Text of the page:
It’s Day 4 of EPIC’s daily tips for improving mental health and managing mental health conditions, which we are rolling out as part of World Mental Health Day. Recent evidence suggests five key areas are key in supporting mental wellbeing. Those areas are:
Every day this week we’ll be focusing on a different area. Today is all about exercise.
How important is exercise?
Paired with good nutrition, we know physical activity is a key factor in maintaining mental wellbeing. But what is it about exercise that directly benefits our mental health?
When we exercise, blood flow and nerve connections increase to our brain, and our brain stimulates happy chemicals like endorphins and serotonin. As a result, we experience:
- reduced depression and anxiety symptoms
- reduced stress
- improved your mood
- clarity of thought and attention
- increased productivity
- improved memory
- improved sleep quality
- reduction in risk of serious illnesses including diabetes, cancer, heart disease and dementia.
Exercise also often brings opportunities to socialise, reducing feelings of loneliness and isolation.
How do I get started?
If you haven’t done exercise for a while, or never have, it can be hard to know how to begin. Take note of the below tips that will help with the transition.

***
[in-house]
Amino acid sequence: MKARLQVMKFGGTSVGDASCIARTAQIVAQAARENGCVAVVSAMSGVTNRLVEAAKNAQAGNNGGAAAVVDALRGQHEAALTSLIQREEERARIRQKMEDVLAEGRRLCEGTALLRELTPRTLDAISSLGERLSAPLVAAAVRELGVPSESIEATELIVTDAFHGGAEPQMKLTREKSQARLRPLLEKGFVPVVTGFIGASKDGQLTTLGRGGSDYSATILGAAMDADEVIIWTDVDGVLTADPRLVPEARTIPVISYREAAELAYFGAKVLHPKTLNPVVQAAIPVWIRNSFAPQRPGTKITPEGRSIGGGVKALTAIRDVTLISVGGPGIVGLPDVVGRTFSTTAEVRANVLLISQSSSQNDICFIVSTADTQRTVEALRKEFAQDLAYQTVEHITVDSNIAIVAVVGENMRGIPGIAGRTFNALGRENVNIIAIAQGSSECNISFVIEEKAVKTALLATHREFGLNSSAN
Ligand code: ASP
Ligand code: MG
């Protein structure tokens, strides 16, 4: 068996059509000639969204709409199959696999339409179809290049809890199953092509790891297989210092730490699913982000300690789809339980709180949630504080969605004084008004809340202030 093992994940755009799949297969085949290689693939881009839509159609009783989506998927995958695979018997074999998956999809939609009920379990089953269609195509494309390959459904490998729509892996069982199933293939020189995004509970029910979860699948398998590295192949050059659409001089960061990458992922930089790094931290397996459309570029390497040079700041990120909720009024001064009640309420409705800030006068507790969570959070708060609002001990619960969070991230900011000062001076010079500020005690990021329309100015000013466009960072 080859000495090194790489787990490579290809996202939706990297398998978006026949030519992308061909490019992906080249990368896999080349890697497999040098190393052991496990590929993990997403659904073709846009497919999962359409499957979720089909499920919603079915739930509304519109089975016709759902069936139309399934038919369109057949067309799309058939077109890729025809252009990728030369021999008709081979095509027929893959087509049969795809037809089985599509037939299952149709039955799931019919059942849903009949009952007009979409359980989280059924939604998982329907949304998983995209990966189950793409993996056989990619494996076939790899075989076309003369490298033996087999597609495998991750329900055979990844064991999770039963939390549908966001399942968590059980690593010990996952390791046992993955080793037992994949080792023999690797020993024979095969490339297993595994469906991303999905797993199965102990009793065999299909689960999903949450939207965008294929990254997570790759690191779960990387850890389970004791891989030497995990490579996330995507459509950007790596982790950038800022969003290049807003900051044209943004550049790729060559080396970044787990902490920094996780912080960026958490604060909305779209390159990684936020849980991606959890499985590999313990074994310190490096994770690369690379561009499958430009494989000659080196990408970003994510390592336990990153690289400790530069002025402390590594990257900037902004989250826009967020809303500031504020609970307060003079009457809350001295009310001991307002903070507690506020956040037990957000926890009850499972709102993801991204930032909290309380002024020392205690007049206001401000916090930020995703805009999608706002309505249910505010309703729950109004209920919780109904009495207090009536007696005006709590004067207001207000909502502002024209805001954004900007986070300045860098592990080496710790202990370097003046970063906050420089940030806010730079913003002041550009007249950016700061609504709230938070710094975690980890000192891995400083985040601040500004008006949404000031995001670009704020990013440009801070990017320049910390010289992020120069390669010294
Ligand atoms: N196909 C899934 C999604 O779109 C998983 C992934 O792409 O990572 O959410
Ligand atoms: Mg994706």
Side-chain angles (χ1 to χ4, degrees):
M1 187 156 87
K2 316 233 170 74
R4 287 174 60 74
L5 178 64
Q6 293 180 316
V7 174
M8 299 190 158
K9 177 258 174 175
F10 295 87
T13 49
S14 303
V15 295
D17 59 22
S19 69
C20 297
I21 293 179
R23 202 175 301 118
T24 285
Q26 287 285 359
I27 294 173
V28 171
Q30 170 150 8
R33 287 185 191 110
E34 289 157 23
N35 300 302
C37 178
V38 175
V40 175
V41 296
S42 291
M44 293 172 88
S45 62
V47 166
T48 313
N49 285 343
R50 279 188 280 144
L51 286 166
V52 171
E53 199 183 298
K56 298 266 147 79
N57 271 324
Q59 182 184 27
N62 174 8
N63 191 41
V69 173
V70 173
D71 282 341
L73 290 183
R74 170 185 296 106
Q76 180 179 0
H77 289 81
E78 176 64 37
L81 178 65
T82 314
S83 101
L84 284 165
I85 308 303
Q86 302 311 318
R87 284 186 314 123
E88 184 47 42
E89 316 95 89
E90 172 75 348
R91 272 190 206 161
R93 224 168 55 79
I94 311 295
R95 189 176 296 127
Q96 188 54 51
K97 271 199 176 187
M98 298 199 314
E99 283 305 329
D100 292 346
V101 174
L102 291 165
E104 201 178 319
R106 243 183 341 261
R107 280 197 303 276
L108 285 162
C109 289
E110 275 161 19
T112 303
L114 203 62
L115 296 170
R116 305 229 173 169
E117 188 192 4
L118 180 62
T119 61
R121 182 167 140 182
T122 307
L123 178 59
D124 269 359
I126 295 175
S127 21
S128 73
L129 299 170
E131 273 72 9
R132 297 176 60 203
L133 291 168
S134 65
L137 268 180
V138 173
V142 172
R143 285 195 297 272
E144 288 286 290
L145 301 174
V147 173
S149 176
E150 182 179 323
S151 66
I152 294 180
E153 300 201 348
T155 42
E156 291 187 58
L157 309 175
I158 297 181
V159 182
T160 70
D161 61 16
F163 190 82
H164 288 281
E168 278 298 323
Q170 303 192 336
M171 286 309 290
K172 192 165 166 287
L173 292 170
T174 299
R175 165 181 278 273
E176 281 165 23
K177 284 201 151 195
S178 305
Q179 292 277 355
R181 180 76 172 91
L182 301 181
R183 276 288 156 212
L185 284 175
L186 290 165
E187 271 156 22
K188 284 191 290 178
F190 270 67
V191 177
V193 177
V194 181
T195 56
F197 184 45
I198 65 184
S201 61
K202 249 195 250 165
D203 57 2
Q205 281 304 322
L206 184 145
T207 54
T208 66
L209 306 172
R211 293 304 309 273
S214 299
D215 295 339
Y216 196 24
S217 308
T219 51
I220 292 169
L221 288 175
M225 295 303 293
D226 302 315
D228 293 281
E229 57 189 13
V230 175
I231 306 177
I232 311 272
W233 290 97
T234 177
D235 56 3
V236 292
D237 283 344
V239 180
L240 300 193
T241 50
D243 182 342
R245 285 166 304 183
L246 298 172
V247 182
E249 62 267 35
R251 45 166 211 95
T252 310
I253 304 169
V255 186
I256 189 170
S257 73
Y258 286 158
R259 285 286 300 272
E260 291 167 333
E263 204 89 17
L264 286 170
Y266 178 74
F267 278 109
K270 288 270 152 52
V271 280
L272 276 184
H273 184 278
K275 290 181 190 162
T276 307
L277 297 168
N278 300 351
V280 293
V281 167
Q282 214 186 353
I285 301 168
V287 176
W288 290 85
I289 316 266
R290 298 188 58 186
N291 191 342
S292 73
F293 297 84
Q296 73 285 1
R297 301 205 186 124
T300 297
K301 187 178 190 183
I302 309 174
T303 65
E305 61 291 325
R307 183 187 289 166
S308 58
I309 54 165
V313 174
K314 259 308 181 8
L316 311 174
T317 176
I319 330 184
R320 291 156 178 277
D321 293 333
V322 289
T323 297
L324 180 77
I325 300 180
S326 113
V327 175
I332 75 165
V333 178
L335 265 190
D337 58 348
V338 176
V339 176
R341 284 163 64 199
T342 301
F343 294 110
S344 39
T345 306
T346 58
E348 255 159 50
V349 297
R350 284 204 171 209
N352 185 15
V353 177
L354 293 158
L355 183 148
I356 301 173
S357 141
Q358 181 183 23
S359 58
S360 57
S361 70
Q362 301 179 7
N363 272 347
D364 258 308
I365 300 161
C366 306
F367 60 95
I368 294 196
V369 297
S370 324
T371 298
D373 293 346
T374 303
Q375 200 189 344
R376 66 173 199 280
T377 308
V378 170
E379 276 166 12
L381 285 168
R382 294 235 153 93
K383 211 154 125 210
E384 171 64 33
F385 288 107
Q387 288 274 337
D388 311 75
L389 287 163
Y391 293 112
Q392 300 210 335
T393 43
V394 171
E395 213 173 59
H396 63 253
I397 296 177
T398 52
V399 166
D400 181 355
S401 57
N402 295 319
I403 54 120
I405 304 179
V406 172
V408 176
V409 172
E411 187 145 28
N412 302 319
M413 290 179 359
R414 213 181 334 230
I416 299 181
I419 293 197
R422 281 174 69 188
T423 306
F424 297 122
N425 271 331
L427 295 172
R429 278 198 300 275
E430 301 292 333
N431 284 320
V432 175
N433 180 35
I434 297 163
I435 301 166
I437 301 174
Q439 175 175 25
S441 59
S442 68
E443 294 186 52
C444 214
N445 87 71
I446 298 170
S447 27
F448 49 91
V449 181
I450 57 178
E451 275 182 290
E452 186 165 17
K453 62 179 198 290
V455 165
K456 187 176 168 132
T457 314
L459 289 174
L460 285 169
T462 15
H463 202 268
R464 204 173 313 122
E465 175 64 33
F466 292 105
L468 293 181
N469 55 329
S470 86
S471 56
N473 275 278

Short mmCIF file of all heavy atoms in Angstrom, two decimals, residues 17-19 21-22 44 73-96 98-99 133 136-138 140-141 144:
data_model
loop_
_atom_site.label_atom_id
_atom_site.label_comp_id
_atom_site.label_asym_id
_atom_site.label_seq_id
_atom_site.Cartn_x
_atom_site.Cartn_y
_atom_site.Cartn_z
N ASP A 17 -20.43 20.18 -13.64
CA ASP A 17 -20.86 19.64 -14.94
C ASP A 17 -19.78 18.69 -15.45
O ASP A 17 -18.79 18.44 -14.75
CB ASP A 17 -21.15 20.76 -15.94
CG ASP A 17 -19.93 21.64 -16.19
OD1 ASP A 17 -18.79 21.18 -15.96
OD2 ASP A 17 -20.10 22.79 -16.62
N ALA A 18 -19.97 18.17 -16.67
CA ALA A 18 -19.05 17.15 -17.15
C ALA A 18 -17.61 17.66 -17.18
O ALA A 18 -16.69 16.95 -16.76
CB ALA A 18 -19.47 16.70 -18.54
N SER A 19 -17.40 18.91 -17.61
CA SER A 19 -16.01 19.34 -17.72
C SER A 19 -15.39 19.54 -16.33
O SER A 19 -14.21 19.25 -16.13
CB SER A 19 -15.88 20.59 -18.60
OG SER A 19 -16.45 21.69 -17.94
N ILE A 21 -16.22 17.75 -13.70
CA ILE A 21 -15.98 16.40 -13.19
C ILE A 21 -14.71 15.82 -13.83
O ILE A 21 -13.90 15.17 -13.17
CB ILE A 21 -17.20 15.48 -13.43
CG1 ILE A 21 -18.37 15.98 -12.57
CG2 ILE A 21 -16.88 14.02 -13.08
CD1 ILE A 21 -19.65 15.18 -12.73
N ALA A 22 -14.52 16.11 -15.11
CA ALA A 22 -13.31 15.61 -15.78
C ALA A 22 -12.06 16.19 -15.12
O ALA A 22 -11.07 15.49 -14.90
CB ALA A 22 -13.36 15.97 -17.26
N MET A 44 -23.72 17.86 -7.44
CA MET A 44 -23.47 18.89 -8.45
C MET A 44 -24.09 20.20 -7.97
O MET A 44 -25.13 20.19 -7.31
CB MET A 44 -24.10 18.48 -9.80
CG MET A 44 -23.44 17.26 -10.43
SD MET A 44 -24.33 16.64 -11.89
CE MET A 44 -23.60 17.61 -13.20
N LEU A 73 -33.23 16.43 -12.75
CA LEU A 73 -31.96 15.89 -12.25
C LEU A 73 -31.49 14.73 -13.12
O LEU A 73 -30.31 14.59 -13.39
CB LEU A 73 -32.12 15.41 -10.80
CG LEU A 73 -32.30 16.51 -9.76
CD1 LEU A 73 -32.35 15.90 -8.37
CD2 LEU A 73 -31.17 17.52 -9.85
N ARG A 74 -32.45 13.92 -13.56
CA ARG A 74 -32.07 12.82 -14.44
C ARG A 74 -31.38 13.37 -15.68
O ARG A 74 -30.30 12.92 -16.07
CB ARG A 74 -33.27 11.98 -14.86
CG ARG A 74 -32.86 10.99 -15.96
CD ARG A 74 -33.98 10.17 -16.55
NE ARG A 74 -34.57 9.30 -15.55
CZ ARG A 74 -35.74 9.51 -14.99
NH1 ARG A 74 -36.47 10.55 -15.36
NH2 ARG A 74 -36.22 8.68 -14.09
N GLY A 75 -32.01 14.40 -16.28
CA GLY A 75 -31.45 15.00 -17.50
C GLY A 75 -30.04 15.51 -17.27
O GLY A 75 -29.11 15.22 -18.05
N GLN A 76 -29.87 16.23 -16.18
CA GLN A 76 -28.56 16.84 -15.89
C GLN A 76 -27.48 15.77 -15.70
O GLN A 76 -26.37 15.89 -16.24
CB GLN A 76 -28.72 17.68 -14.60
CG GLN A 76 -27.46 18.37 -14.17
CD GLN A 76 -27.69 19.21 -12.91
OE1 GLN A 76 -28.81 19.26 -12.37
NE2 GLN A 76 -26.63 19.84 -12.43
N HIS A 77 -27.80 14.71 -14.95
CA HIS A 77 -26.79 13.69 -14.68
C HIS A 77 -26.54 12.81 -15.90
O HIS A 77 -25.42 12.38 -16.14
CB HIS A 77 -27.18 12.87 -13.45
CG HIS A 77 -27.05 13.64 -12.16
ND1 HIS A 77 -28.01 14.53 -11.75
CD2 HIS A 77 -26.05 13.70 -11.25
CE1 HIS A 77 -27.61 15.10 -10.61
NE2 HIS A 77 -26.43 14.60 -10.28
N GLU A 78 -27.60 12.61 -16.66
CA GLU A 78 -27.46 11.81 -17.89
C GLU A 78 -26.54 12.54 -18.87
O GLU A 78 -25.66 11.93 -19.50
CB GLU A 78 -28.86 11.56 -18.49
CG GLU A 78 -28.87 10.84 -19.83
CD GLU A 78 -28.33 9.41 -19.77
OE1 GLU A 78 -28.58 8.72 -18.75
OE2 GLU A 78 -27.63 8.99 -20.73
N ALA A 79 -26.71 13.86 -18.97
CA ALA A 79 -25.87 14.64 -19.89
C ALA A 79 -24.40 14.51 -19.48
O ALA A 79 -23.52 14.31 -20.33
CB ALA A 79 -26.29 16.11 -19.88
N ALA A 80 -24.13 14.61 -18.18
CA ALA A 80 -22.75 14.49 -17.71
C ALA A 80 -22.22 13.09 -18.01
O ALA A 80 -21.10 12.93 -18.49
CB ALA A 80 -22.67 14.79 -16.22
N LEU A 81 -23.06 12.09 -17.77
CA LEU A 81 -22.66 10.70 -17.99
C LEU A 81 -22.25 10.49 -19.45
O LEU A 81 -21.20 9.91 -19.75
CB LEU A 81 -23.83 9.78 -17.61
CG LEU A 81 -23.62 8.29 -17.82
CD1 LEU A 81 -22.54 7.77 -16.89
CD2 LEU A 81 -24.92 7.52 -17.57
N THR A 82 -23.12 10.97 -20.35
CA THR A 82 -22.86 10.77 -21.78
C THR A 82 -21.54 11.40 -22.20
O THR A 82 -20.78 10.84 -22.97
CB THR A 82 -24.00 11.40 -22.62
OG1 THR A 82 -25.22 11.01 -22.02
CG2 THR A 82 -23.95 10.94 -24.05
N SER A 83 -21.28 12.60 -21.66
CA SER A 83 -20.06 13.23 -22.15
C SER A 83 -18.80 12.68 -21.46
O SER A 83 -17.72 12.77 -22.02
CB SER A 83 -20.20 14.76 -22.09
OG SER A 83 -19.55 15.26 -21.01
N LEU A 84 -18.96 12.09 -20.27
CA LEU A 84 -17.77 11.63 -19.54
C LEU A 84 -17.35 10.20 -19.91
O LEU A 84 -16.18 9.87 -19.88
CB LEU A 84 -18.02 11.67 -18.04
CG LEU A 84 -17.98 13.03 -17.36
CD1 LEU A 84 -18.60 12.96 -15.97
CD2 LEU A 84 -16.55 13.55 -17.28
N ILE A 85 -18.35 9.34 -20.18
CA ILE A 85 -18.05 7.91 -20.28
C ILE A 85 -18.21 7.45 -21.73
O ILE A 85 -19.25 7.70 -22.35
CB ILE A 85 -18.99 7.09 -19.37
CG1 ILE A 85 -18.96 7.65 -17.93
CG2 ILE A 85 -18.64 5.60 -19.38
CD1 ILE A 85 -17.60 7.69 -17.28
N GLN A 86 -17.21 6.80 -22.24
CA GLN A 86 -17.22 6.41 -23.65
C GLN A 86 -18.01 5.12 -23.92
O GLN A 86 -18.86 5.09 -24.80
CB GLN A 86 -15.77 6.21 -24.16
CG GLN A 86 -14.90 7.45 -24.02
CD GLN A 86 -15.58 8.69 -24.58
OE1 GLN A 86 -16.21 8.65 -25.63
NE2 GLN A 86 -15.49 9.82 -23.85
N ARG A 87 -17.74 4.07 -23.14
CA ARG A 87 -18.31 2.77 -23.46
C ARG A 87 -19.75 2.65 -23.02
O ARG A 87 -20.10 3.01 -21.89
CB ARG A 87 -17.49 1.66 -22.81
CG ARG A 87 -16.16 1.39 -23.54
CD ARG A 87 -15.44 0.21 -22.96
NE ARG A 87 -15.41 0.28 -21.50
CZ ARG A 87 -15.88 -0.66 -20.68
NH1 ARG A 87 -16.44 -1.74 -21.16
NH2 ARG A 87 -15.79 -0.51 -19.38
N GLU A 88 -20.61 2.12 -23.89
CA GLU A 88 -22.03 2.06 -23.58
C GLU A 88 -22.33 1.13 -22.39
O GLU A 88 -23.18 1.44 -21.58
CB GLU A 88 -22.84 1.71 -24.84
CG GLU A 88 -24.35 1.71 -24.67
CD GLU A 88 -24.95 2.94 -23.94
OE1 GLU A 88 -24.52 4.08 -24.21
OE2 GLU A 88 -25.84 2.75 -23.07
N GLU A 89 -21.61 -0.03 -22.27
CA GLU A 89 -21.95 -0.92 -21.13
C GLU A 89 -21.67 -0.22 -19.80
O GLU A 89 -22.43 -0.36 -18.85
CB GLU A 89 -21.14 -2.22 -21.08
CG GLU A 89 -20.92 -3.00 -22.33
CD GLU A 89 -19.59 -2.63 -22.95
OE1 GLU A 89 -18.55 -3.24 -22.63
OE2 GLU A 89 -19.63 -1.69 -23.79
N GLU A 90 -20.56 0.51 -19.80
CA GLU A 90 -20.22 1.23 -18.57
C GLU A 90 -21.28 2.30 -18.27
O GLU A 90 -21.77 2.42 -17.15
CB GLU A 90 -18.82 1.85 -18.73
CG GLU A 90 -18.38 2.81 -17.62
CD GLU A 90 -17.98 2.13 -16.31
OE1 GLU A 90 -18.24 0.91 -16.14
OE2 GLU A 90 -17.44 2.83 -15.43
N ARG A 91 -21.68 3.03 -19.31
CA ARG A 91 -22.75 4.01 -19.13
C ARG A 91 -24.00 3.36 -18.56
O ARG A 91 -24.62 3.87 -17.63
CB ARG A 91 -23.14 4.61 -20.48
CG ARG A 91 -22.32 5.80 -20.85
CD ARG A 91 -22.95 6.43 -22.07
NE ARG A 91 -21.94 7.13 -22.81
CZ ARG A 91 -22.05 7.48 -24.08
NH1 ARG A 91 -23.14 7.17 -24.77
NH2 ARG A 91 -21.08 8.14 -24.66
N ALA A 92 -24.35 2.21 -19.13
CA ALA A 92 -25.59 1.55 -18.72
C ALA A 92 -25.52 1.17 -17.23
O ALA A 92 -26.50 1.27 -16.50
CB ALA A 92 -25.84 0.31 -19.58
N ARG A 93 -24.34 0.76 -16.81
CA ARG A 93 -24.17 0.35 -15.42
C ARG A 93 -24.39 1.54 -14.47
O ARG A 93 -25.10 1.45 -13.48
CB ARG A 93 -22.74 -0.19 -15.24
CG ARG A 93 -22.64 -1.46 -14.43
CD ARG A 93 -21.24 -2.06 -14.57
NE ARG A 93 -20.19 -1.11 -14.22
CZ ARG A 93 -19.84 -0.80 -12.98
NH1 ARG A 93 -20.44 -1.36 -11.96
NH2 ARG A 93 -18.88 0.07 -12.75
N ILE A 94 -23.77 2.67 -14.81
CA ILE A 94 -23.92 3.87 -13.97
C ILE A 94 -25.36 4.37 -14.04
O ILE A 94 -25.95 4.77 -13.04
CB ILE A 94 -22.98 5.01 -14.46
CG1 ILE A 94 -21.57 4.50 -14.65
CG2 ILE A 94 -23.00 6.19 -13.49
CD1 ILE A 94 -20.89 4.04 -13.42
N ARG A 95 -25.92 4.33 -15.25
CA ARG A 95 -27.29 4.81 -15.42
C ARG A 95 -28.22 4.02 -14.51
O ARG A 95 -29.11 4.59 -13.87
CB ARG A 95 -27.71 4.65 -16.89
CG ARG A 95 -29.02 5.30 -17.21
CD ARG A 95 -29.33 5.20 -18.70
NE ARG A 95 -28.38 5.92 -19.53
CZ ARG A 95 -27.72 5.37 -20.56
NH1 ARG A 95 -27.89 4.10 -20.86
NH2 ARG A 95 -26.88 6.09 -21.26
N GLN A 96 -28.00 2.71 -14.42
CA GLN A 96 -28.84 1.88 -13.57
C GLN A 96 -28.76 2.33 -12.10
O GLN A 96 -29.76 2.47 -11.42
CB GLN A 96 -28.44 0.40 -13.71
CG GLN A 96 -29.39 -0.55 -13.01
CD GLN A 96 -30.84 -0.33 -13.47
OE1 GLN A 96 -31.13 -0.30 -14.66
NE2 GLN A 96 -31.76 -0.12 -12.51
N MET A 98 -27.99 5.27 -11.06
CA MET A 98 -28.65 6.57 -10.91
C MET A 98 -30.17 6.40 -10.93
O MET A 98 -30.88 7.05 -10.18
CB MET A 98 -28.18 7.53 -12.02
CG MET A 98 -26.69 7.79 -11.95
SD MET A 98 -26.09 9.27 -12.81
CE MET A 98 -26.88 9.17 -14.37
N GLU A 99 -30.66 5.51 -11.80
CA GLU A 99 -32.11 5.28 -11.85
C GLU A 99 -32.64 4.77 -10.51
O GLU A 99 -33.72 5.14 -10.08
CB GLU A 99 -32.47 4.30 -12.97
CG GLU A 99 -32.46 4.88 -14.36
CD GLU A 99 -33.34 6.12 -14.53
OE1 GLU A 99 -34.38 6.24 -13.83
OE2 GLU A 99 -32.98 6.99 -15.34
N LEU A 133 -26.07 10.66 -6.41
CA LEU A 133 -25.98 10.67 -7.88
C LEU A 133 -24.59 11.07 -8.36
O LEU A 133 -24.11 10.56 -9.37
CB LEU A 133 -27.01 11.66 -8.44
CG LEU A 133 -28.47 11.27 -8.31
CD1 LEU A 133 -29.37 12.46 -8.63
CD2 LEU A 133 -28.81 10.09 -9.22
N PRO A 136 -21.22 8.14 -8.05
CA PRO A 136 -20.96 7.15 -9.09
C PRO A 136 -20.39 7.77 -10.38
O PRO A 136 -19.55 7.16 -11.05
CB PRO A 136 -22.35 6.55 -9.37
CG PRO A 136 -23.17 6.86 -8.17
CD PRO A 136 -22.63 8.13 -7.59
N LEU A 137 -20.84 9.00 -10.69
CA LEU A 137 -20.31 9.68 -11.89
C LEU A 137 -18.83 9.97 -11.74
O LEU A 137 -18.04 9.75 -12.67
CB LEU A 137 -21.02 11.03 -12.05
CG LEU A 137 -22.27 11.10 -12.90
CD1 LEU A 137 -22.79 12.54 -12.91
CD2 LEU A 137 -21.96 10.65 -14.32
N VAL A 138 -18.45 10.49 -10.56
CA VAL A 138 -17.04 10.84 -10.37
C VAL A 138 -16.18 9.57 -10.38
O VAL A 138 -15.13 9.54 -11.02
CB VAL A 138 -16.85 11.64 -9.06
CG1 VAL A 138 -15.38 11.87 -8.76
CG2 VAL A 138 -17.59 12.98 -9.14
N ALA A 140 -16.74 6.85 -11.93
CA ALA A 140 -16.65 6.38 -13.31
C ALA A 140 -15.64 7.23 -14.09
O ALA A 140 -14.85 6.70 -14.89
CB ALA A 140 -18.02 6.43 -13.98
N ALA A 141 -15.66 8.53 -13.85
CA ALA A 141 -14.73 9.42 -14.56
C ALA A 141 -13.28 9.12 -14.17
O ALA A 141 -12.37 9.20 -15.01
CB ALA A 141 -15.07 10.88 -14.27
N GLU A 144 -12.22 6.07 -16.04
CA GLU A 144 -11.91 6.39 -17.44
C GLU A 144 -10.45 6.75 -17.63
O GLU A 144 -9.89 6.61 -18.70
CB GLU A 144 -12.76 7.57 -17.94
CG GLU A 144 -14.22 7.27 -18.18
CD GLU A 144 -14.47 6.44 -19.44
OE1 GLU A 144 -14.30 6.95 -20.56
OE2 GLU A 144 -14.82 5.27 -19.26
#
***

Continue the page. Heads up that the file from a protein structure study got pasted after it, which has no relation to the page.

Take it easy
The important thing is starting slow and allowing your body to get used to the new movement. Start by integrating small changes, like getting off the bus or train earlier and walking to your destination. Shoot for 30 minutes of low-intensity exercise initially, which can be broken into two 15-minute segments if you’re time poor. Then you can increase the time and intensity of your exercise as you progress. There’s no need to go hard straight away; remember, any additional exercise is a good thing for your wellbeing!
Being motivated enough to make exercise a habit can be tricky. But once you do get in the habit, it will start feeling weird to not exercise. Some people find it motivating to:
- exercise with a friend
- exercise in a group fitness environment
- exercise at the same time every day
- set mini-goals to keep them on track
- write down exercise achievements
- walk a dog
- recruit their friends/family to keep them accountable
Do what you love
People always find it easier to stick with an activity when they are interested in it. Think about what exercise might suit you and your personality.
If you are a goal-oriented person and like working towards an end point, perhaps try rock climbing. If you’d love an opportunity to socialise, invite a friend on a walk. If you need a stress outlet after a challenging day at work, dodgeball might be for you. Or perhaps you’ve always thought about hip-hop dancing? Now is the time to stop thinking and start doing! You might find a new passion and zest for life in the meantime.
Exercise can open up our world and improve our mental and physical health. So that leaves only one more question… where do I sign up?